World Library  
Flag as Inappropriate
Email this Article
 

Boracay Island

Boracay
White Beach, Boracay
Boracay
Boracay
Boracay (Philippines)
Geography
Location South East Asia
Coordinates

11°58′10″N 121°55′38″E / 11.96944°N 121.92722°E / 11.96944; 121.92722

Archipelago Visayas
Area 10.32 km2 (3.985 sq mi)
Country
Philippines
Province Aklan
Municipality Malay
Barangays Manoc-Manoc, Balabag, and Yapak
Demographics
Population 12,003[1] (as of 2000)
Density 1,163 /km2 (3,012 /sq mi)
Ethnic groups Ati, and Aklanon

Boracay is a small island in the Philippines located approximately 315 km (196 mi) south of Manila and 2 km off the northwest tip of Panay Island in the Western Visayas region of the Philippines. Boracay Island and its beaches have received awards from numerous travel publications and agencies.[Note 1] The island comprises the barangays of Manoc-Manoc, Balabag, and Yapak municipality of Malay, province of Aklan. The island is administered by the Philippine Tourism Authority and the provincial government of Aklan. Apart from its white sand beaches, Boracay is also famous for being one of the world's top destinations for relaxation.[9][10] It is also emerging among the top destinations for tranquility and nightlife.[11]

In 2012, Boracay was awarded as the best island in the world from the international travel magazine Travel + Leisure.[12][13]

History

Pre-colonial Period

Boracay Island was already an inhabited place before the Spaniards came to the Philippines. It was known to the Iberian conquerors as Buracay. At the time of contact with the Europeans, Buracay had a population of one hundred people, who cultivated rice on the island, and augment their income by raising goats.[14]

Contemporary Period

Boracay was originally home to the Ati tribe. Boracay is part of Aklan Province, which became an independent province on April 25, 1956.[15][16]

Sofia Gonzales Tirol and her husband Lamberto Hontiveros Tirol, a town judge on nearby Panay island, took ownership of substantial properties on the island around 1900 and planted coconuts, fruit trees, and greenery on the island. Others followed the Tirols, and cultivation and development of the island gradually spread from this initial beginning.[17]

Tourism came to the island beginning in about the 1970s.[18][19] The movie Too Late the Hero was filmed in 1970 on locations in Boracay and Caticlan.[20] In the 1980s, the island became popular as a budget destination for backpackers,[15] By the 1990s, Boracay's beaches were being acclaimed as the best in the world.[21]

In 2012, the Philippine Department of Tourism reported that Boracay had been named the world's second best beach after Providenciales in the Turks and Caicos Islands.[22]

Etymology

The name Boracay is attributed to different origins. One story says that it is derived from the local word "borac" which means white cotton with characteristics close to the color and texture of Boracay's white sugary and powdery sand. Another credits the name to local words "bora," meaning bubbles, and "bocay," meaning white. Yet another version dating back to the Spanish era says the name is derived from "sagay," the word for shell, and "boray," the word for seed.[23] [24]

Geography


Boracay Island is located off the northwest corner of Panay Island, and belongs to the Western Visayas island-group, or Region VI, of the Philippines. The island is approximately seven kilometers long, dog-bone shaped with the narrowest spot being less than one kilometer wide, and has a total land area of 10.32 square kilometers.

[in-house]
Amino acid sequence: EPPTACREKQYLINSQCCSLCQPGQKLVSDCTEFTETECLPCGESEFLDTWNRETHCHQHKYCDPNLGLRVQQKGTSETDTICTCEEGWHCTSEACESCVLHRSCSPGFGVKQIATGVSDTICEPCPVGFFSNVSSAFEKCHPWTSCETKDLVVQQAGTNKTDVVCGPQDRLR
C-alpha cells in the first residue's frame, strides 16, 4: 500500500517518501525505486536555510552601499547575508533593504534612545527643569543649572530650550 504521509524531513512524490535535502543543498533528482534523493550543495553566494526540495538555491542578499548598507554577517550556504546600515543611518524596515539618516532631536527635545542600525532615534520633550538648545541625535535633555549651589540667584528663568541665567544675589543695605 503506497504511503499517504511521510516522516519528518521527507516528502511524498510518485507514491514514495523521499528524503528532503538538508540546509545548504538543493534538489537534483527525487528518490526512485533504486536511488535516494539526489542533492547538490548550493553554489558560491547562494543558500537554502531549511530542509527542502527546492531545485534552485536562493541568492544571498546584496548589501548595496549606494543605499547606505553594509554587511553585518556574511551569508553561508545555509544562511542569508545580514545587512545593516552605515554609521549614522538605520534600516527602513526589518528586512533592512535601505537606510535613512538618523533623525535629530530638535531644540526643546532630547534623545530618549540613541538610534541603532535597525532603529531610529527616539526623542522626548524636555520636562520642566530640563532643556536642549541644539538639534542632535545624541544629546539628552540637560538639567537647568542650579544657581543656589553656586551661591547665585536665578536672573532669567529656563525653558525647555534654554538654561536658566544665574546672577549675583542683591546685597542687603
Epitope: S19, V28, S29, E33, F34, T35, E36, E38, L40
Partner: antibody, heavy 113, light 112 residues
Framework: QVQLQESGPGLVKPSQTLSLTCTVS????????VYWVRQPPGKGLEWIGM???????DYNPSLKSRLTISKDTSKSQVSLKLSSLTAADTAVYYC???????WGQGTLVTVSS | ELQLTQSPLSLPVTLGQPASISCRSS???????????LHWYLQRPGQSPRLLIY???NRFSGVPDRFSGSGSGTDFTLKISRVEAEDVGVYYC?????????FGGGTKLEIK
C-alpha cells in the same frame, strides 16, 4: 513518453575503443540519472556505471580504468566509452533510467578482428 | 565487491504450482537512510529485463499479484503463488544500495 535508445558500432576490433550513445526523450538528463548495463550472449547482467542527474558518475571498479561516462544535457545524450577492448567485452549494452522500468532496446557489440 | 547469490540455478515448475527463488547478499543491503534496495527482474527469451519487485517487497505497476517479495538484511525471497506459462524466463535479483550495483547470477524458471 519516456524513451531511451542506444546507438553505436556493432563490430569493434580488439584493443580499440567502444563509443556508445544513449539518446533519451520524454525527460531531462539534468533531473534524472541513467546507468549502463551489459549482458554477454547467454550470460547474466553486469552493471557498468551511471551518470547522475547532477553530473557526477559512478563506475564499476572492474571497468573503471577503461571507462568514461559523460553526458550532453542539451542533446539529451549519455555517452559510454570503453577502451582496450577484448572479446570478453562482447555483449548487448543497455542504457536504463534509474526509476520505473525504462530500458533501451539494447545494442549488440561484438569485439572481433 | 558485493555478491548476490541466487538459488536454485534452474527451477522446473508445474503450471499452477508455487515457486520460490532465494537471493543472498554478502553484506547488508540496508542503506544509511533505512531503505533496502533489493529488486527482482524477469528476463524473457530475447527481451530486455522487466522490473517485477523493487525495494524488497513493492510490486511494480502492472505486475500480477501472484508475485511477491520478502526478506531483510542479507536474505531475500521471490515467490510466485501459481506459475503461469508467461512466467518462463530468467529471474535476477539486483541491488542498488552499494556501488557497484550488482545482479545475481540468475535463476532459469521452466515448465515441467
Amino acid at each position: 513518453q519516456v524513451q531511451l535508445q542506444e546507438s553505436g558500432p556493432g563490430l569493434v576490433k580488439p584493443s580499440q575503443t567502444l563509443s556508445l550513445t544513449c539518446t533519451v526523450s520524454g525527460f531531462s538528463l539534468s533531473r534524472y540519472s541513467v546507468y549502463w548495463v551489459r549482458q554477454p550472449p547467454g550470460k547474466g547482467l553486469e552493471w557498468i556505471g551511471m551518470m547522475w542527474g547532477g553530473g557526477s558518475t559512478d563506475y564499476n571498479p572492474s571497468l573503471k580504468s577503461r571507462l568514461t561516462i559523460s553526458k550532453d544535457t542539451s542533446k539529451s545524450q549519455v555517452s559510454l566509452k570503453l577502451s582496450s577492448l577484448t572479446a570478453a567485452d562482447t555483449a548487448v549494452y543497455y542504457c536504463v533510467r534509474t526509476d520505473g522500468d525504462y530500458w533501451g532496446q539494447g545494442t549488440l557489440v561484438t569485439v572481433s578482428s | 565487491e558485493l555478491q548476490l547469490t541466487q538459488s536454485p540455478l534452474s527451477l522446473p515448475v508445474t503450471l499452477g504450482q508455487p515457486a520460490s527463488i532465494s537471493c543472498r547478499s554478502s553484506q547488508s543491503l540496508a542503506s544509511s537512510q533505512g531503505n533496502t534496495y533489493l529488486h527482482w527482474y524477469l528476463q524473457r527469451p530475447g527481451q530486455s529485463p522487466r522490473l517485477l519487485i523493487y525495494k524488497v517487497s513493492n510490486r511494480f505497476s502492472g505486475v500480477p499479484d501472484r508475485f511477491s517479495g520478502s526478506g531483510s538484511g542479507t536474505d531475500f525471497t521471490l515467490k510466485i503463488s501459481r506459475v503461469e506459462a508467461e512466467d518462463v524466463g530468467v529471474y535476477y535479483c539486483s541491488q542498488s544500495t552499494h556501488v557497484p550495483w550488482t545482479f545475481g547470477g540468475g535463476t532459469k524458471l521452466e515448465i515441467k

South-facing Cagban Beach is located across a small strait from the jetty port at Caticlan on Panay island, and the Cagban jetty port serves as Boracay's main entry and exit point during most of the year. When wind and sea conditions dictate, east-facing Tambisaan Beach serves as an alternative entry and exit point.[25] Boracay's two primary tourism beaches, White Beach and Bulabog Beach, are located on opposite sides of the island's narrow central area. White Beach faces westward and Bulabog Beach faces eastward. The island also has several other beaches.

White Beach, the main tourism beach, is about four kilometers long and is lined with resorts, hotels, lodging houses, restaurants, and other tourism-related businesses. In the central portion, for about two kilometers, there is a footpath known as the Beachfront Path separating the beach itself from the establishments located along it. North and south of the Beachfront Path, beachfront establishments do literally front along the beach itself. Several roads and paths connect the Beachfront Path with Boracay's Main Road, a vehicular road which runs the length of the island. At the extreme northern end of White Beach, a footpath runs around the headland there and connects White Beach with Diniwid Beach.

Bulabog Beach, across the island from White Beach, is the second most popular tourism beach on the island and Boracay's main windsurfing and kiteboarding area.

Boracay is divided for land use and conservation purposes into 400 hectares of preserved forestland and 628.96 hectares of agricultural land.[26][27][28][29][30][31]

Climate

Weather in Boracay is generally divided into two seasonal weather patterns known locally as the Amihan and Habagat seasons. In the Visayan language, Amihan means a cool northeast wind, and Habagat means west or southwest wind; south-west monsoon.[32] The Amihan season is characterized by moderate temperatures, little or no rainfall, and a prevailing wind from the NorthEast. The Habagat season is characterized by hot and humid weather, frequent heavy rainfall, and a prevailing wind from the west.[33]

On Boracay, the main indicator of the switch between the Amihan and Habagat seasonal patterns is the switch in wind direction. In most years this transition is abrupt and occurs overnight. In some years there is a period of perhaps a week or two where the wind will switch between Amihan and Habagat patterns several times before settling into the pattern for the new season. As a general rule of thumb, Boracay will be in the Amihan weather pattern from sometime in October to sometime in June and in the Habagat weather pattern for the remainder of the year.[34]

Daytime temperatures on Boracay generally range from 77–90 °F (25–32 °C) from the beginning of the Amihan season into February or March, and increase to the 82–100 °F (28–38 °C) range with the onset of the Habagat season.[35] During Tropical Storm periods, temperatures can fall below 68 °F (20 °C). Tropical Storms can impact Boracay at any time of year, but are most likely to be seen during the Habagat season.[36]

Tourism